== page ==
Job growth in California has been robust since the last recession. But recently that growth has slowed because of the lack of employable workers. The projected shortage of skilled workers in the state through 2030 is more than a million graduates with bachelor’s degrees as well as hundreds of thousands of workers with two-year associate’s degrees and certificates. Only 39 percent of the state’s workers are trained to the “middle-skill” level, according to an analysis of U.S. Bureau of Labor statistics.
Filling that talent pipeline will be a challenge unless we can better prepare students for 21st century jobs.
A promising public-private partnership is taking shape in the Legislature that focuses on high school and college completion, along with meaningful workplace experiences. State Sen. Anthony Portantino is sponsoring legislation to create the California State Pathways in Technology. If successful, this legislation would provide state funding for a proven educational program already delivering results in 90 schools in seven states.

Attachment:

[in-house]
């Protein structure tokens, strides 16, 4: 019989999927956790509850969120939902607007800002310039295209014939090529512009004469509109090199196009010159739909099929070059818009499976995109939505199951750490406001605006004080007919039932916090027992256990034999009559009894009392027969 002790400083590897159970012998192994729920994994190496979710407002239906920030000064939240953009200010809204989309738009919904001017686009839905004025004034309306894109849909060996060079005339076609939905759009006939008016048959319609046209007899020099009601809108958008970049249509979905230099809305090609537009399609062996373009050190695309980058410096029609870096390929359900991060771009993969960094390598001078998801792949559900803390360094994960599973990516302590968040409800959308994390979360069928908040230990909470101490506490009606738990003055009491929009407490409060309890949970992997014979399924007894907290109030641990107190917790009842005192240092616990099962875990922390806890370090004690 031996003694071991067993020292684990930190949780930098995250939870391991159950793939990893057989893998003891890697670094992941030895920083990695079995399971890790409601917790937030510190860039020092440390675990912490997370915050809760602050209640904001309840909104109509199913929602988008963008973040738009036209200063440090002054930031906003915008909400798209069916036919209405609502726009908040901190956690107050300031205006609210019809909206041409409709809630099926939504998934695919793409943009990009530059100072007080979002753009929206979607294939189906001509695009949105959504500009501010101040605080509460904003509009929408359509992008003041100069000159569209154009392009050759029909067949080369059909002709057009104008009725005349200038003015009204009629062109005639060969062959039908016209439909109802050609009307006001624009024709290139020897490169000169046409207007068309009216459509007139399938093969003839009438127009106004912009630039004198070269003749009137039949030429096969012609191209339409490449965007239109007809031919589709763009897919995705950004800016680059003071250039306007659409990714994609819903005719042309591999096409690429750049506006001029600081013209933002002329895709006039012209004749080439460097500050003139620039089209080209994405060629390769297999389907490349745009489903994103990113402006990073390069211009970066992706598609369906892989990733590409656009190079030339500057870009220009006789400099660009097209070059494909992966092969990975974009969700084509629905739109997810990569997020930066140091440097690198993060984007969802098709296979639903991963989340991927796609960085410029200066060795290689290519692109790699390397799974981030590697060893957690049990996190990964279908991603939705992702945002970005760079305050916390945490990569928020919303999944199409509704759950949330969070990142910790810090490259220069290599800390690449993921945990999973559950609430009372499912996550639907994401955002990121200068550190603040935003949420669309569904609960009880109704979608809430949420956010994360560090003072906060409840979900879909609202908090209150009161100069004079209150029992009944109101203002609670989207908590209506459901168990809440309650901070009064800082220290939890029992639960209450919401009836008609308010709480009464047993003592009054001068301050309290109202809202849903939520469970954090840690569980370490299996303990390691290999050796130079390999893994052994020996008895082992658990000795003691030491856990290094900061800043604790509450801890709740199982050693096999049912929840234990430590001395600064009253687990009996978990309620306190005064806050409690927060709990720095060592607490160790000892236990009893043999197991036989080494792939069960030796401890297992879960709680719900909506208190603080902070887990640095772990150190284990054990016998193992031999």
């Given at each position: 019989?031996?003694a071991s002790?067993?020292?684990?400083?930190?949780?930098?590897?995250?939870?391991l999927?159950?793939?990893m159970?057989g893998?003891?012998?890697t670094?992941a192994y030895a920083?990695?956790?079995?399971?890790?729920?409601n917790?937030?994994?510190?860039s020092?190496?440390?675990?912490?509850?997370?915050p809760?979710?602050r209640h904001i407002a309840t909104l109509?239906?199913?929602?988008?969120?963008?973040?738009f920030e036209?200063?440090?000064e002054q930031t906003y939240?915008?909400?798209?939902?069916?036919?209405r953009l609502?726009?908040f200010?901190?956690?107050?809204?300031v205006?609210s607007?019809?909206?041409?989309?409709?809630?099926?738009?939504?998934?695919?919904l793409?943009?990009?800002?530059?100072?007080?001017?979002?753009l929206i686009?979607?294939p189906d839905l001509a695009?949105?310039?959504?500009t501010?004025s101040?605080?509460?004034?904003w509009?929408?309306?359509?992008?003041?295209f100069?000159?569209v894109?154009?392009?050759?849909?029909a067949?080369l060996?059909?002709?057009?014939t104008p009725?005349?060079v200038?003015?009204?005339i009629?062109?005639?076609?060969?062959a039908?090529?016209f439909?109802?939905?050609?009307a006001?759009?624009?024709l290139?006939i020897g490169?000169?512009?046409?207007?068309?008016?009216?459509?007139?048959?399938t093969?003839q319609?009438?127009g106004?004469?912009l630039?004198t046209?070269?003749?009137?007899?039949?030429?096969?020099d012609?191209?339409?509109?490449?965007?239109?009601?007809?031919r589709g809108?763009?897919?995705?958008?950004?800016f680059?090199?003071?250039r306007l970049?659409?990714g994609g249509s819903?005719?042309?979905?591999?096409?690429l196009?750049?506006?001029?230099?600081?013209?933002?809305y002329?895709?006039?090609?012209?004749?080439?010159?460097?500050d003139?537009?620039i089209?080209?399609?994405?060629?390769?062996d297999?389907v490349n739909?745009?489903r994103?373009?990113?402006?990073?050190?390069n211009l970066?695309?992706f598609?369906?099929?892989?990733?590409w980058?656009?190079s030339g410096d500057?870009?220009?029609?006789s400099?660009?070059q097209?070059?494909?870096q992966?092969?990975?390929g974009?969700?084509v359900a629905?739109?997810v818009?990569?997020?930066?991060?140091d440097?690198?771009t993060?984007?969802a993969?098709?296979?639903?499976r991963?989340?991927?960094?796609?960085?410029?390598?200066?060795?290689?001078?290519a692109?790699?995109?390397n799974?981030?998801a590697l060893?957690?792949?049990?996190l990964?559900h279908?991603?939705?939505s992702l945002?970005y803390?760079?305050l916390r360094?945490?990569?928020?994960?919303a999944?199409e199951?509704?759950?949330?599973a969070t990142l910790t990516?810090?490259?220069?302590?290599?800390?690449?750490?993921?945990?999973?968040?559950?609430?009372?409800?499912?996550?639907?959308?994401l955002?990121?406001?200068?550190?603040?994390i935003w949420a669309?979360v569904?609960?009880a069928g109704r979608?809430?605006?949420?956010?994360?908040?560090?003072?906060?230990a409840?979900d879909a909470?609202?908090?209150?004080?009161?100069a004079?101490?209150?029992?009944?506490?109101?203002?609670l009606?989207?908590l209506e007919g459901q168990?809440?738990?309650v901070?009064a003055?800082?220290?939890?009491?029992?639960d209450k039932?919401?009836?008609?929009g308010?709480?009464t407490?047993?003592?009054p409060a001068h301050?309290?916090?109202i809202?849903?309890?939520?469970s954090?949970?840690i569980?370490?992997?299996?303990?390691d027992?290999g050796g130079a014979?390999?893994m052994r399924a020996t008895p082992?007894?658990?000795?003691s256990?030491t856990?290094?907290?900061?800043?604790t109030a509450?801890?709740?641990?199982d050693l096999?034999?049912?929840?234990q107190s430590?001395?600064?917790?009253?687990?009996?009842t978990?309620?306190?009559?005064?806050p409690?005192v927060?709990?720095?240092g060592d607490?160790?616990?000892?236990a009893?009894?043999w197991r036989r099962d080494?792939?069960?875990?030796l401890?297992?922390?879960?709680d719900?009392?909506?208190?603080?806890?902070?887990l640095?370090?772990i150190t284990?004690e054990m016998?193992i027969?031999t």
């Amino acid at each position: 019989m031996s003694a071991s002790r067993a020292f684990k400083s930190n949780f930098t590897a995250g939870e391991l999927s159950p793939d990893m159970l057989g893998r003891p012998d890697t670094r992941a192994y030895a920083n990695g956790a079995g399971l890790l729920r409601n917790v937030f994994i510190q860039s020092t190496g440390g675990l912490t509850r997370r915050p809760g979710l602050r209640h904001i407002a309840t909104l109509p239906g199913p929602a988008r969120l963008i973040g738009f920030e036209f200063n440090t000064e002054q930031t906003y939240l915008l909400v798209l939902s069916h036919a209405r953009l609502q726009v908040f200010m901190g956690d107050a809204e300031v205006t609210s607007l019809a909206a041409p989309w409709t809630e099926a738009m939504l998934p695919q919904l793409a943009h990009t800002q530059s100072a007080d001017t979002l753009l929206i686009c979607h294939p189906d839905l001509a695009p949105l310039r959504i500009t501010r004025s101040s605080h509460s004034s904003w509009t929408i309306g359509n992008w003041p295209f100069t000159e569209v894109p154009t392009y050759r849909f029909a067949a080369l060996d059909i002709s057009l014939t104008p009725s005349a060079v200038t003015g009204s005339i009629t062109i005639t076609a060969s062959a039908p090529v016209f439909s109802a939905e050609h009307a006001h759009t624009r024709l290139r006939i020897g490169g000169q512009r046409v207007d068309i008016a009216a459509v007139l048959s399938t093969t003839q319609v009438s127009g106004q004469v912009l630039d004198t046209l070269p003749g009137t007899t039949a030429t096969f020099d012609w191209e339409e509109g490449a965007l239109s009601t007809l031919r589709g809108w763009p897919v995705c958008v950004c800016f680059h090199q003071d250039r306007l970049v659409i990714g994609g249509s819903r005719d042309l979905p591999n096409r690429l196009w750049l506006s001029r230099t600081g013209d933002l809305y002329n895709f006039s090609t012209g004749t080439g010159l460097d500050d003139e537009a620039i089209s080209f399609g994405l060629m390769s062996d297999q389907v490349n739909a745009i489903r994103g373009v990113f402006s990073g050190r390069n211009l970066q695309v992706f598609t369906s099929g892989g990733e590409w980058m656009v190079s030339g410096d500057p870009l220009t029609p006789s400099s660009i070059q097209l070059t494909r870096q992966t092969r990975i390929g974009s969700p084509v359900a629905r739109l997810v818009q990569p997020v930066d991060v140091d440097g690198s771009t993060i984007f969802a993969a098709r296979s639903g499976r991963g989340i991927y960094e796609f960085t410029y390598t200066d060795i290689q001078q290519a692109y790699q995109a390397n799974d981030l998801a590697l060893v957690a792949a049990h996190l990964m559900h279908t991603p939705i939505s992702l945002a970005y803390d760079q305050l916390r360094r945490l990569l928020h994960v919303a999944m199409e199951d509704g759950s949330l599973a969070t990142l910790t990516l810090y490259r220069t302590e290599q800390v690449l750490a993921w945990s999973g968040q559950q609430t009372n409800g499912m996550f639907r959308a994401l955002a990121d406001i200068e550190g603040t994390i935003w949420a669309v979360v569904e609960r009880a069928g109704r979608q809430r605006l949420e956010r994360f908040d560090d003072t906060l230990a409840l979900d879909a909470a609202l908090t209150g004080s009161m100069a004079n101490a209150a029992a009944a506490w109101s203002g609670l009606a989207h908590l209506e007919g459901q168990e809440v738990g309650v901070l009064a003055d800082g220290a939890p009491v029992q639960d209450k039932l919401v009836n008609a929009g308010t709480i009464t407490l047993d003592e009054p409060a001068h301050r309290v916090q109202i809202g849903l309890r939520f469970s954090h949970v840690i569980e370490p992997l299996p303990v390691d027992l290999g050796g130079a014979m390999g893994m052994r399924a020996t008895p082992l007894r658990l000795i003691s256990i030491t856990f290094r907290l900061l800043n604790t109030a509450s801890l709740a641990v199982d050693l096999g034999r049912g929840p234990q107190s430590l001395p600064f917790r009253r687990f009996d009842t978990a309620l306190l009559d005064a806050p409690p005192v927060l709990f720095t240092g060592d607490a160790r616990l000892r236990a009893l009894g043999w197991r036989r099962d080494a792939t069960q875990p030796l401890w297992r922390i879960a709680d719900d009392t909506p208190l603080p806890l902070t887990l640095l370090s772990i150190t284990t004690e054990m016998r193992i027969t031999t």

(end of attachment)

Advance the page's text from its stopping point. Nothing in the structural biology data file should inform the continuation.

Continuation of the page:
P-Tech schools would address the educational achievement challenge in California through an innovative model for grades nine through 14 that encompasses high school, college and industry. In addition to their high school diplomas, P-Tech students earn a two-year associates degree at no cost and develop the workplace skills necessary for employment in the 21st century “new collar” workforce.View Article